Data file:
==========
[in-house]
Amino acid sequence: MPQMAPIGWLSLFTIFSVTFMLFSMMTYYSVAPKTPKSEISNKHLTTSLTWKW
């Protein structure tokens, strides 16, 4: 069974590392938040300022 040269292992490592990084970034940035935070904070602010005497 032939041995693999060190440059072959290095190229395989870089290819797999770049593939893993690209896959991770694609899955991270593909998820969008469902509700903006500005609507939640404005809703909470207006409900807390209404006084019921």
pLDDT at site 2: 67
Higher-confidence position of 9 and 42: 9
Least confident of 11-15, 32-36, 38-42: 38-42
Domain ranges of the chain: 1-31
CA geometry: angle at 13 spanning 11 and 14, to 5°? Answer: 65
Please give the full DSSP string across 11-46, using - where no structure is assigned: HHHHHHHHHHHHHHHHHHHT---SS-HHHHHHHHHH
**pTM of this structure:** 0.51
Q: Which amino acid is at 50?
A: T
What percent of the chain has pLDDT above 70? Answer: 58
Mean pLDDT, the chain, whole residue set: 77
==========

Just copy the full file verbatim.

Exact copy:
[in-house]
Amino acid sequence: MPQMAPIGWLSLFTIFSVTFMLFSMMTYYSVAPKTPKSEISNKHLTTSLTWKW
């Protein structure tokens, strides 16, 4: 069974590392938040300022 040269292992490592990084970034940035935070904070602010005497 032939041995693999060190440059072959290095190229395989870089290819797999770049593939893993690209896959991770694609899955991270593909998820969008469902509700903006500005609507939640404005809703909470207006409900807390209404006084019921």
pLDDT at site 2: 67
Higher-confidence position of 9 and 42: 9
Least confident of 11-15, 32-36, 38-42: 38-42
Domain ranges of the chain: 1-31
CA geometry: angle at 13 spanning 11 and 14, to 5°? Answer: 65
Please give the full DSSP string across 11-46, using - where no structure is assigned: HHHHHHHHHHHHHHHHHHHT---SS-HHHHHHHHHH
**pTM of this structure:** 0.51
Q: Which amino acid is at 50?
A: T
What percent of the chain has pLDDT above 70? Answer: 58
Mean pLDDT, the chain, whole residue set: 77